Punjab govt informs election commission: Foolproof security not possible in upcoming elections

Islamabad: On Tuesday, the Punjab government, defence ministry, and provincial police chief informed the Election Commission of Pakistan (ECP) that it was not possible to provide foolproof security for the upcoming general election to the provincial assembly.

They stated that assistance from law enforcement agencies, including the army, was necessary for ensuring foolproof security, but even with such assistance, they were unable to guarantee it due to the current security, law and order, and economic situation. Consequently, they urged the Election Commission not to hold elections.

The Secretary and Additional Secretary of Defence emphasized that the army’s primary responsibility was to secure the borders and the country. They explained that, due to the current situation, the army was not available for election duty and could only serve as a rapid response force rather than perform static duty.

Chief Election Commissioner Sikandar Sultan Raja chaired three meetings of the Election Commission in response to this information, which commission members, the secretary, and other senior officials attended.

During the initial meeting, the Chief Secretary and Inspector General of the Police of Punjab provided information to the Commission about the upcoming election for the Punjab Assembly. They also discussed the law and order situation in the province, security concerns, economic challenges, and other issues.

The Inspector General emphasized that the police’s responsibilities during the election day were not limited to deployment but also included ensuring public safety and preventing criminal activities.

The official stated that in the previous 2018 elections, there were a total of 3,330 political gatherings and campaigns, and the upcoming elections would likely have even more activities. Given the current state of law and order, providing security for such events would be very challenging.

He also noted that the police had already taken action against criminals in the Kacha area, but it would take four to five months to complete the operation. Nevertheless, he expressed optimism that the situation would improve by the time of the elections.

According to the Chief Secretary, there are currently 40,000 teachers who are engaged in census duty and will also be responsible for supervising matriculation exams. Additionally, the upcoming elections are scheduled for April, which will require additional staff. Furthermore, the staff is also necessary for the wheat procurement process.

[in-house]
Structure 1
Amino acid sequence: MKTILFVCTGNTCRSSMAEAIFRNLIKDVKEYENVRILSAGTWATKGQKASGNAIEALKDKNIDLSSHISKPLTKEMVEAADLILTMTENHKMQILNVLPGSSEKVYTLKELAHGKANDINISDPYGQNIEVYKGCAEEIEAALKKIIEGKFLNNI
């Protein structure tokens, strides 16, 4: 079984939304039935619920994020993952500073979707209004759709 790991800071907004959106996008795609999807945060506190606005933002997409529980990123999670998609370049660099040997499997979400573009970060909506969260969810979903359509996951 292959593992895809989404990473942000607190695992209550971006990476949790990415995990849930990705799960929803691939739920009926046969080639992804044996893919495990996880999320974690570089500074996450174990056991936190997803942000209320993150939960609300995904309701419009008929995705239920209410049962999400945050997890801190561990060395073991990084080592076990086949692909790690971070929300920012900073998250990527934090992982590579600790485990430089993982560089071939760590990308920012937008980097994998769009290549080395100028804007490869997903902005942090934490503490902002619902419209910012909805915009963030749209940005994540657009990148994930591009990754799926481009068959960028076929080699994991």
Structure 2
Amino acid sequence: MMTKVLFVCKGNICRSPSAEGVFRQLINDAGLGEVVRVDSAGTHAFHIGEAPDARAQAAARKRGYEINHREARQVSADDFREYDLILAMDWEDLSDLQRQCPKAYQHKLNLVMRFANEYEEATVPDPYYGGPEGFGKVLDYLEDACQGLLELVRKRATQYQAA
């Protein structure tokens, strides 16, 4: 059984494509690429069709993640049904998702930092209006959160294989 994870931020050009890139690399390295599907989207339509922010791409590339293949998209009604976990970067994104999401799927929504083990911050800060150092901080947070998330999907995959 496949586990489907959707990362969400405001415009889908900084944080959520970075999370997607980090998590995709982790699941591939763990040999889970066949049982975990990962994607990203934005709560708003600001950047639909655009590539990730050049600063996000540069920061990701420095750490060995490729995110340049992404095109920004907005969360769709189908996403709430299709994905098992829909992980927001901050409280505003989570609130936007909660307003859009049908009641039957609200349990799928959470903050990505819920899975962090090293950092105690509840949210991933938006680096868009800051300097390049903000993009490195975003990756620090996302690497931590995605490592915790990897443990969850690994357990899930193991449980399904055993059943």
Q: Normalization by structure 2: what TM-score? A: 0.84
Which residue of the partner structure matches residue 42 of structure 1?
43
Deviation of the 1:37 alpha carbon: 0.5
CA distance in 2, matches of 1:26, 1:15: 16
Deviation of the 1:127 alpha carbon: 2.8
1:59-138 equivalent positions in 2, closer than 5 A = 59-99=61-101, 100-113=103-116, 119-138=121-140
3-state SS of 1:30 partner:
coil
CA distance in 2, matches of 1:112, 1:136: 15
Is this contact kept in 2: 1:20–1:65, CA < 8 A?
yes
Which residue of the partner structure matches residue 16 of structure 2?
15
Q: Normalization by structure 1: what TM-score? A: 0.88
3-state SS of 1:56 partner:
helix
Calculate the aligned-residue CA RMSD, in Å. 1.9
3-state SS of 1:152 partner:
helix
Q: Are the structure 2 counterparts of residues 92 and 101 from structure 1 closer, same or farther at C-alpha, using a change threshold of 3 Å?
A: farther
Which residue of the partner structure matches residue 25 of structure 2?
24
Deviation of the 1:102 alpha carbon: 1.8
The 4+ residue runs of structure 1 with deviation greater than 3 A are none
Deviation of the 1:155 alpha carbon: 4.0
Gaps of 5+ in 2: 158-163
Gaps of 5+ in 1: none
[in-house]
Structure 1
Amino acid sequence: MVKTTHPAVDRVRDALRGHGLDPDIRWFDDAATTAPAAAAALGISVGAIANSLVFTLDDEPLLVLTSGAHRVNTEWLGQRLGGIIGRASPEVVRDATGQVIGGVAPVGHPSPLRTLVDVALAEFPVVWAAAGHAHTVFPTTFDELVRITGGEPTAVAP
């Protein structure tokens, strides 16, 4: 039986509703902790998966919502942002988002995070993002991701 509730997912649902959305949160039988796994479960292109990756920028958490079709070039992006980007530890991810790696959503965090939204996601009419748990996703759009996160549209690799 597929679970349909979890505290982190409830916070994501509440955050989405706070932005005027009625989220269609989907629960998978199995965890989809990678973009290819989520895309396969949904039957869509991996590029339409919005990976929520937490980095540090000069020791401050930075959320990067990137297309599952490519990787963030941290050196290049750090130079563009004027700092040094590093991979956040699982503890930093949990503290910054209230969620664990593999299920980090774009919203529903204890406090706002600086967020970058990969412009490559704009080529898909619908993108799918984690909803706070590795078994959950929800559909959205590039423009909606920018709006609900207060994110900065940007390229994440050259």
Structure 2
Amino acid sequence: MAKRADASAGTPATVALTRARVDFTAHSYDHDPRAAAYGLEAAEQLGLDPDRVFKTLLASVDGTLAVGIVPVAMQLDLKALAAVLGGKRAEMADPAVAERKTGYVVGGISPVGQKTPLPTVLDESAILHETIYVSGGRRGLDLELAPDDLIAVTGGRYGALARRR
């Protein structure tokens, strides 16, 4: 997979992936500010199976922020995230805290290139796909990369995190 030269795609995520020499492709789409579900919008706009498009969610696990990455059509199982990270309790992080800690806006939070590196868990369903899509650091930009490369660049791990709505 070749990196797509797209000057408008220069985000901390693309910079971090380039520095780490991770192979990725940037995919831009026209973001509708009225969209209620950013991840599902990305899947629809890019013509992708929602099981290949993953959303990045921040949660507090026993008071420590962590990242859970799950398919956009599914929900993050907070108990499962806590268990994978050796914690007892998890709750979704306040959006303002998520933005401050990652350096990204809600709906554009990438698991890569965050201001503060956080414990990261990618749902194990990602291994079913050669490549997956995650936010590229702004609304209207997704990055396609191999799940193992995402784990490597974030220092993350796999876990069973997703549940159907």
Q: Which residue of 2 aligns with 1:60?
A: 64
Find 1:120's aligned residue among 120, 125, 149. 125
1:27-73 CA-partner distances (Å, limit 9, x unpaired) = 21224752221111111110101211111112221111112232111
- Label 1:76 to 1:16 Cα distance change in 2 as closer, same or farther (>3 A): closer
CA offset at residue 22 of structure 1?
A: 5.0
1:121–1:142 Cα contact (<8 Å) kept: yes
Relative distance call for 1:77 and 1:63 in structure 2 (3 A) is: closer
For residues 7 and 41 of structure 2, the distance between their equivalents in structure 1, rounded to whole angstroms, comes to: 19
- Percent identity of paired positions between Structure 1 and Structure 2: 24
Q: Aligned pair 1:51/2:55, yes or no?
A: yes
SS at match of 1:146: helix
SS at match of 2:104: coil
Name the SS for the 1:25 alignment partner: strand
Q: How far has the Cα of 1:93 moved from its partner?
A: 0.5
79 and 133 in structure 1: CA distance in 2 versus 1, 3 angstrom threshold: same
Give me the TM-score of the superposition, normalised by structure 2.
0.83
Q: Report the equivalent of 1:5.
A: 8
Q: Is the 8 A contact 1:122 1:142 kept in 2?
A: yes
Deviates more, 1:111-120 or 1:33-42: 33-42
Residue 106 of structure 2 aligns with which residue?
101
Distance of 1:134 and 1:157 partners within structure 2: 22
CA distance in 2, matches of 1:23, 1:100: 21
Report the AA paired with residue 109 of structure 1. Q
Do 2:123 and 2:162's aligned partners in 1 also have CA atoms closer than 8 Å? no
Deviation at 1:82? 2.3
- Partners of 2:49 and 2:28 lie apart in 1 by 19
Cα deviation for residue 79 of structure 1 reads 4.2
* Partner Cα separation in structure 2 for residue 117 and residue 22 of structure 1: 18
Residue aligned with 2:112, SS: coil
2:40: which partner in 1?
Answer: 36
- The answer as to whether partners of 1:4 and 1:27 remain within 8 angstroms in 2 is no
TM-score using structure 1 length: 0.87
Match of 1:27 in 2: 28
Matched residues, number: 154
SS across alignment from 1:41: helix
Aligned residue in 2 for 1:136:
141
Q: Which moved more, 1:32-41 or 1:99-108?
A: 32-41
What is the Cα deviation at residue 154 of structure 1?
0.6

The Chief Secretary and Inspector General of Punjab stated unequivocally that given the current economic and law and order situation in the country, it would be impossible to guarantee foolproof security for the April 30 elections unless other law enforcement agencies, including the Pakistan Army, assist the police in their duties.

The Chief Secretary emphasized that the purpose of holding elections was not only to conduct them but also to ensure that they were fair and transparent. However, he also stated that given the current circumstances, it was not possible to hold elections in such a manner.

In the second meeting, Khyber Pakhtunkhwa Governor Ghulam Ali briefed the Commission on the law and order situation in the province and the challenges faced by the merged districts. Secretary of Defence Lt Gen (retd) Hamood-uz-Zaman Khan and Additional Secretary of Defence Major General Khurram Sarfraz Khan provided the Commission with an overview of the current situation in the country, the borders, and the deployment of troops. They also discussed the general law and order situation.

The officials stressed that the army’s main duties were to secure the borders and protect the country, which were their top priorities. Additionally, they noted that the current economic situation of the country also had an impact on the army’s capabilities, and it would be up to the government to decide whether to restrict the army to their primary duties or secondary duties such as election duty. They also made it clear that if the army were to be deployed for election duty, it would only be in a quick response force (QRF) mode.

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